“Marchers of Valhalla” is one of Howard’s James Allison stories. In these tales, a modern man recalls past eras of his life from which he has been reincarnated, over and over again. Howard borrowed this conceit from Jack London, who employed it in “The Jacket,” also published as “The Star Rover.” As “Marchers” opens Allison is living in early 1930s Texas, despondent over his prosaic, banal existence. He has no opportunity for adventure or heroism, as the frontier has been settled, the great wars fought. Moreover, he has lost his leg to a riding accident, perhaps a metaphor for modern man’s impotence. Howard describes the low hills of the Texas landscape as “a dreary expanse… checkered with sterile fields where tenant farmers toil out their hideously barren lives in fruitless labor and bitter want.”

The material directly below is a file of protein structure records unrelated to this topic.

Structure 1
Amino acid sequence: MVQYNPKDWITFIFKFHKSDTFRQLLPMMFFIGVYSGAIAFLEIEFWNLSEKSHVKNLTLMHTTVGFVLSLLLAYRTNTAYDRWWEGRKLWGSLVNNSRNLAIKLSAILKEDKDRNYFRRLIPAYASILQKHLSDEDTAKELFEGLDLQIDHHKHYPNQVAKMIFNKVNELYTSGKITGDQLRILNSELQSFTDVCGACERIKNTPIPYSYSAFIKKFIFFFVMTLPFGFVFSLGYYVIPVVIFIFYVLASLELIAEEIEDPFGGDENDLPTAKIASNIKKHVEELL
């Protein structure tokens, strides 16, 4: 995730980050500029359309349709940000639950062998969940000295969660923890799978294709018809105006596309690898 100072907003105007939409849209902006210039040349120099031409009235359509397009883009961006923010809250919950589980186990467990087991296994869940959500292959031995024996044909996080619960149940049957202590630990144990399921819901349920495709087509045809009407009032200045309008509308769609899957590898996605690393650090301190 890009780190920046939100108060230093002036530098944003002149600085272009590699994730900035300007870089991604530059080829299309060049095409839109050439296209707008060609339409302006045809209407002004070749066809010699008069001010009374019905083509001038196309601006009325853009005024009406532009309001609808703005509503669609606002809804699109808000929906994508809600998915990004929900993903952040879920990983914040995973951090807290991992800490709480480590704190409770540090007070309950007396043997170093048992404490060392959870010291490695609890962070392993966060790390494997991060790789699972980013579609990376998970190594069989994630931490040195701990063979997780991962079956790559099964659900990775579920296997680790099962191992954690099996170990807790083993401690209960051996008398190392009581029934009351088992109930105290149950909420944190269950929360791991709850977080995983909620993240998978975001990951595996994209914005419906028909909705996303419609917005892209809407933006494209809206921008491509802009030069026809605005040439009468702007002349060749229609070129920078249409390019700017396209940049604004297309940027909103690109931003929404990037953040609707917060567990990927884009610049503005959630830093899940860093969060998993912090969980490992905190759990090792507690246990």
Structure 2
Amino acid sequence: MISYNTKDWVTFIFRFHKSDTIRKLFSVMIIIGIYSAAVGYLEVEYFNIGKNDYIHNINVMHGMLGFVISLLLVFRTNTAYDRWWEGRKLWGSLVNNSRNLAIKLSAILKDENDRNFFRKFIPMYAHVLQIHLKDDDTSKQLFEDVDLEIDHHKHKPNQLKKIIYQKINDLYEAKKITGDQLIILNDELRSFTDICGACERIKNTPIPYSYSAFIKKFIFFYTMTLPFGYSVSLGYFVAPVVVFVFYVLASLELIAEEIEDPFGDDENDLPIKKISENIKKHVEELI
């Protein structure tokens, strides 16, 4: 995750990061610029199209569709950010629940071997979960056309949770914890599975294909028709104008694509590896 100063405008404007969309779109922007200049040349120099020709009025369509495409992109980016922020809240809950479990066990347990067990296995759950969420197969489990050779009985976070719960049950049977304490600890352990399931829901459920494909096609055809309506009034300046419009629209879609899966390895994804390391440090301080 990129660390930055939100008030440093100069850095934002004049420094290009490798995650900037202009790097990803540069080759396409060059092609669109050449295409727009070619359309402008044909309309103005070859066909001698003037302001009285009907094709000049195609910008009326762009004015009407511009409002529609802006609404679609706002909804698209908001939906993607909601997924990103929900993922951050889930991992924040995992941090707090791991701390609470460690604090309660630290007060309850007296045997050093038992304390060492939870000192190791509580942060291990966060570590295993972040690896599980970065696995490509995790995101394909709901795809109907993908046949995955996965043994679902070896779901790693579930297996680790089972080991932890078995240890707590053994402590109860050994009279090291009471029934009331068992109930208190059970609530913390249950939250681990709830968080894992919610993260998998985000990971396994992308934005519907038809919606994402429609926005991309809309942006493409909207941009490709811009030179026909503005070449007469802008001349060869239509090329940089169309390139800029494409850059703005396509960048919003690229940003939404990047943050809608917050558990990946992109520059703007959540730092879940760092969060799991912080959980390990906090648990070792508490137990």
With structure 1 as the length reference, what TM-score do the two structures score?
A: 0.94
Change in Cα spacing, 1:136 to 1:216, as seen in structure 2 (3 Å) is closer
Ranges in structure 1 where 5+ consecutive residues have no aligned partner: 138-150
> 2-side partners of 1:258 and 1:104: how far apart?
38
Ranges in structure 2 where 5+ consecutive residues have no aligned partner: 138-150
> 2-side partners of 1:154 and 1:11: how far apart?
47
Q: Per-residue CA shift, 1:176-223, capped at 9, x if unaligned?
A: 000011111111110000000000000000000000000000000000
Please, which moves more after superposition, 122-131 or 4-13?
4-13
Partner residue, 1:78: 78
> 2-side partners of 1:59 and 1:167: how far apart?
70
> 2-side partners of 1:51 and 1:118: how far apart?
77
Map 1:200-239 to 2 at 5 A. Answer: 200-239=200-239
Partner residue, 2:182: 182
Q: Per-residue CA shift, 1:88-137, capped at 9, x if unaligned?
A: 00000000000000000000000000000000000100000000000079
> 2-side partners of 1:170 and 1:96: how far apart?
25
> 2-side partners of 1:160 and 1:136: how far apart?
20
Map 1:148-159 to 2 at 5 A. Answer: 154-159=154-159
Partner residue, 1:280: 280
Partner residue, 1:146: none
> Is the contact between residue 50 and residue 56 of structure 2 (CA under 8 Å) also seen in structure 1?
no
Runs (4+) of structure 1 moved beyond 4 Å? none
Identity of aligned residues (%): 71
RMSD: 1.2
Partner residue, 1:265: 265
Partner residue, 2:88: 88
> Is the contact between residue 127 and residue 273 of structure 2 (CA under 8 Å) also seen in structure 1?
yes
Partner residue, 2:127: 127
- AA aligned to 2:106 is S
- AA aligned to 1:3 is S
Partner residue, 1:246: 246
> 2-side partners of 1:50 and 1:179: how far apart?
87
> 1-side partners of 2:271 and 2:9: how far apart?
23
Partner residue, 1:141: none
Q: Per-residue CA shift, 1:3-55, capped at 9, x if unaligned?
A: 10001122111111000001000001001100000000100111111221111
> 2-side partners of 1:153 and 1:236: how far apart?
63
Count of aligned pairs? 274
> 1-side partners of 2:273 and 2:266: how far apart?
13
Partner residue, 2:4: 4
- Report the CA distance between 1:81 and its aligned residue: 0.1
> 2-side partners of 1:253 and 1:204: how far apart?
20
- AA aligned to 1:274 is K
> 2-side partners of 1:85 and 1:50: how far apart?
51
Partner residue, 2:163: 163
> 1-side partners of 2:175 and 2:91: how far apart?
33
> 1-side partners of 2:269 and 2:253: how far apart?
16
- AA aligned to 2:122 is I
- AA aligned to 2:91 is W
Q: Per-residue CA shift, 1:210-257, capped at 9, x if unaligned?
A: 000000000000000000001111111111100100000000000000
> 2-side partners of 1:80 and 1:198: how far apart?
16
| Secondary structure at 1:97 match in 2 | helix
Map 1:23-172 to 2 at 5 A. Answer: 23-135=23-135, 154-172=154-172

Howard was working on a preliminary outline for the story in April 1932. The story was sent to Weird Tales, but rejected circa May 1932. We learn about the rejection in a letter (#208) To H.P. Lovecraft, on May 24, 1932:

I’m enclosing a rhyme induced by recent Asiatic affairs; no hurry about returning it. Wright rejected the antediluvian Texas story; not enough weirdness about it.

It was later submitted to Oriental Stories, but returned on March 7, 1933, claiming it was “too much supernatural”.

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